Lesson 7 – Worship by the Church of Christ

Lesson 7 – Worship by the Church of Christ

Religious worship in the late twentieth century reflects the whims and desires of the masses, especially appealing to youth. There is very little attention to the worship pattern of the New Testament; instead, the intent is to please man rather than God with collective worship. Hence, we see dramatic presentations instead of gospel preaching, raps and orchestral performances instead of congregational a Capella singing, and personal testimonials given in the place of objective proofs.

Christ demanded that worship is according to spirit and truth. Many have the former, the emotion, without even seeking the latter, scriptural authority.


One will find that sound churches of Christ use no mechanical instruments of music in their worship. Although stringed instruments were used in the Old  Testament, with that law taken out of the way (Eph. 2:14-15), the church looks to the New Testament for its pattern of worship. The two main commands regarding musical worship are found in Ephesians 5:19 and Colossians 3:16. In both places, the command is simply “to sing”. There is no indication that we are also to play.

Furthermore, the only instrument mentioned in relation to musical worship is the heart. Other passages dealing with musical worship include Hebrews 13:15 (“the fruit of the lips”). Truly, the words of praise reach God’s ears. The plucking and poundings of mechanical instruments appeal only to men.


The tithe is another Old Testament command that is not found in the New Testament. The church has a mission which requires funding and the only example for raising money is the free-will offering of the members. The command for every individual to lay by in store on the first day of the week is found in 1 Corinthians 16:1-2. “So let each one give as he purposes in his heart, not grudgingly or of necessity; for God loves a cheerful giver” (2 Cor. 9:7).

The Lord’s Supper

The Lord’s supper consists of unleavened bread and the juice of the fruit of the vine. It is not a meal intended for nutrition, but memorial. Christ inaugurated the custom on the night he was betrayed and the Holy Spirit led the early church to adopt it as a weekly observance of Christ’s death (Acts 20:7).

Paul commented on and regulated the practice in 1 Corinthians 11:23-32. One is to eat worthily by examining himself and focusing upon the body and blood of the savior.


The assembly is implicitly commanded in Hebrews 10:24-25; examples are given in Acts 20, 1 Corinthians 5, 11, and 14. It is a time for edification and teaching. The gospel should be preached by a competent teacher who speaks as the oracles of God (1 Peter 4:11) and does not attempt to tickle itching ears or appeal to human wisdom for authority (2 Tim. 4:1-5).


Paul commanded that men lift up holy hands in prayer everywhere in 1 Timothy 2:8. We see men leading such prayer whenever the saints are gathered. Prayer is to be for gratitude, praise, and petition (1 Tim. 2:1-4). Women are forbidden to take leading roles in any of these acts of worship (1 Tim. 2:12, 1 Cor. 14:34).

1. How do we know that the church is supposed to assemble for worship?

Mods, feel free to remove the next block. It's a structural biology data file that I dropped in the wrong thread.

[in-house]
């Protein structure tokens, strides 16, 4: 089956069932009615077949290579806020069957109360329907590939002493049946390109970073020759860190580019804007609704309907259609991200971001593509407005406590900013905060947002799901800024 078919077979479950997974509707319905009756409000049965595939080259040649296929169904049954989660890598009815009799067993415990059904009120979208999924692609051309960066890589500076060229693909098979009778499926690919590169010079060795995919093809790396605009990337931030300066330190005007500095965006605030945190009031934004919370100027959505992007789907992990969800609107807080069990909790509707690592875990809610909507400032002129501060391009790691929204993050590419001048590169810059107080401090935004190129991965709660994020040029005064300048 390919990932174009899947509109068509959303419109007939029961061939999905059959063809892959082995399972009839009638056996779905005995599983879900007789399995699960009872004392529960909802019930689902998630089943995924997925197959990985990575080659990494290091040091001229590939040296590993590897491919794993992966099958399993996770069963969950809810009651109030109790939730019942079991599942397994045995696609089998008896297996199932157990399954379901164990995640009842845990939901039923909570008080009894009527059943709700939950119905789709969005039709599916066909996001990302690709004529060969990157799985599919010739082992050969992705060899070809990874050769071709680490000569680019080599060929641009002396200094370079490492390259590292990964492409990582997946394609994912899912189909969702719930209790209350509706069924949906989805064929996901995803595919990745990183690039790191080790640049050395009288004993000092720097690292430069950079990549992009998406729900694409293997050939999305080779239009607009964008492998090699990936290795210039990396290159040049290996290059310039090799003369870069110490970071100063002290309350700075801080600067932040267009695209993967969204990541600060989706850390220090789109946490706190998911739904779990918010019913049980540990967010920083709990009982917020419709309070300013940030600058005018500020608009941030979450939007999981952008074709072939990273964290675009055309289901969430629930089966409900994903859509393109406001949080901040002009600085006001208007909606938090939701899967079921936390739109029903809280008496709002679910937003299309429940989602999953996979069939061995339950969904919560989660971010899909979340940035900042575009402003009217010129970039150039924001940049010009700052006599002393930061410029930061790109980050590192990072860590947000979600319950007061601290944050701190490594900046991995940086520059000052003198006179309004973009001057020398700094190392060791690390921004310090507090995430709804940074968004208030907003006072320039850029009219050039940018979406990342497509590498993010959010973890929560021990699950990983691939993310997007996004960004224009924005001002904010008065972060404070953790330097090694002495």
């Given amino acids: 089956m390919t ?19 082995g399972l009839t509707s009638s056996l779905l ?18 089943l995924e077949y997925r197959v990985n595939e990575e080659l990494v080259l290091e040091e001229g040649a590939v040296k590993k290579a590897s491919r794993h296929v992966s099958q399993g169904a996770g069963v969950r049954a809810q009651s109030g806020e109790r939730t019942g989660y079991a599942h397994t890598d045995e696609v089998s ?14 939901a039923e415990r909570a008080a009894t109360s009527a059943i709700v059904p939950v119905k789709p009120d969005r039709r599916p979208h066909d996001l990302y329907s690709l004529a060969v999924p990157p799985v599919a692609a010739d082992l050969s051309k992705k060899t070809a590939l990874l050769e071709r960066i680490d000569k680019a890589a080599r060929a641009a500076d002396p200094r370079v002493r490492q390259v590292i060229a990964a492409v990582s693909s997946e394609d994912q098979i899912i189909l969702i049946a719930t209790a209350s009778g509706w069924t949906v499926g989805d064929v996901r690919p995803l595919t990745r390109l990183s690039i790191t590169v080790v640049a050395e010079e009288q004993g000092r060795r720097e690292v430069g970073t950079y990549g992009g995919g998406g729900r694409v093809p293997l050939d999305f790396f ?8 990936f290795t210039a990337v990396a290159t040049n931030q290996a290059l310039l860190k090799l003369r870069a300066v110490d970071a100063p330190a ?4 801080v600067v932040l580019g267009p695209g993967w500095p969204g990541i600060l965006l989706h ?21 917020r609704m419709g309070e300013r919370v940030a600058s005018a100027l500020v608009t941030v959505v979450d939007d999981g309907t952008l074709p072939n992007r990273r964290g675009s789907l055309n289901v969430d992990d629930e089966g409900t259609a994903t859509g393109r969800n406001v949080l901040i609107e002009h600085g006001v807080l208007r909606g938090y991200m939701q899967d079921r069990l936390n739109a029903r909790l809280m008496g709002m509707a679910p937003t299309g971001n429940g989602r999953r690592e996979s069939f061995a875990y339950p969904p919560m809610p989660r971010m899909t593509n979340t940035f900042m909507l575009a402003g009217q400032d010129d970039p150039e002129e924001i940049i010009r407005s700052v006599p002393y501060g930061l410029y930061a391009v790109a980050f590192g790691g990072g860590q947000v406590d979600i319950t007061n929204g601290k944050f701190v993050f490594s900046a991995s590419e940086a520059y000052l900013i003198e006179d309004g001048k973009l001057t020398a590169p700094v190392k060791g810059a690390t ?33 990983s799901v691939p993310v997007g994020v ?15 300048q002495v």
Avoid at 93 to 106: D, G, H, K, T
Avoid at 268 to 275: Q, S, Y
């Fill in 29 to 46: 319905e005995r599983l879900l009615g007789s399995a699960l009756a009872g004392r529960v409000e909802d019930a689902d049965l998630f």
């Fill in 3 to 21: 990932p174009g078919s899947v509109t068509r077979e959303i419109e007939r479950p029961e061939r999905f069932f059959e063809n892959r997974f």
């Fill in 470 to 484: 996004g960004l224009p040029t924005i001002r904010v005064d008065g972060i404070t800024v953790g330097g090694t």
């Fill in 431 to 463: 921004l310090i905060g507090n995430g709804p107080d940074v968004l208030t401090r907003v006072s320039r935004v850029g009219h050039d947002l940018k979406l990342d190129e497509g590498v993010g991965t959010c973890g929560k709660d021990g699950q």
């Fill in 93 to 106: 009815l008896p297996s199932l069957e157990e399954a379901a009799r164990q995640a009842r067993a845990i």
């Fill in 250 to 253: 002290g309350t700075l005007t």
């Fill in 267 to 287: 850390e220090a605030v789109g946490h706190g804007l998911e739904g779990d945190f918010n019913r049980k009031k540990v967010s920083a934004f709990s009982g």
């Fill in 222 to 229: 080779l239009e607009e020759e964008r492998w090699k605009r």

• Hebrews 10:24-25 upbraids individuals who forsake assembling. Paul commanded the Corinthian church to withdraw from a brother when they came together. The Troas church assembled on the first day of the week for worship.

2. What did Jesus mean by demanding worship be “in spirit and in truth” (John 4:23-24)?

• Worship should not only be from the heart with sincerity, but also according to revealed truth.

3. How would modern forms of worship like dramas, puppet shows, and performances fit into Christ’s condemnation of the Pharisees in Matthew 15:3-9?

• They are teaching as commandments the doctrines of men.

4. Does the church of Christ have music?

• Yes.

5. What is the New Testament pattern for musical worship?

• We are commanded to sing and give examples of singing. No instruments are present in the early church, or for hundreds of years after. Singing words allows us to admonish one another and praise God.

6. Why is the Old Testament not an authority for instrumental music in the worship of the church?

• That law was taken away. If it is used as authority for instruments, then it also would demand animal sacrifice, the Sabbath, and incense burning.

7. What pattern for giving is in place, now that the tithe has been removed?

• One must purpose in his heart what he will give according to how God has prospered him.

8. While God appreciates a cheerful giver, what two attitudes does he disdain?

• Grudging and giving out of a sense of pure necessity.

9. What do the two elements of the Lord’s supper represent? When was this commemoration instituted?

• The juice represents the blood of Christ; the bread represents his body. It began on the night Jesus was betrayed by Judas Iscariot.

10. What should the partaker be careful to observe during the communion?

• He should be careful to examine his worthiness and eat as a memorial of Christ’s death until he returns.

11. Why is the Lord’s supper taken only on Sunday? Why does the church not observe the Sabbath?

• The supper is taken on the first day of the week, after Paul’s pattern in Acts 20. The Sabbath was not reinstituted in the New Testament and it is clear that Sunday began to take precedence as the day Christ was resurrected.

12. What is the preacher to preach (1 Peter 4:11, 2 Tim. 4:1-5)? What is he not to do (Rom. 16:18)?

• The preacher should preach the word while refraining from tickling itching ears with smooth speeches. He must speak as the oracles of God.

13. Why is it wrong for women to lead prayer, teach, or take any other lead in worship?

• Women are told to keep silent in the churches by Bible command and that they may not teach or take authority over men in such a sphere of activity.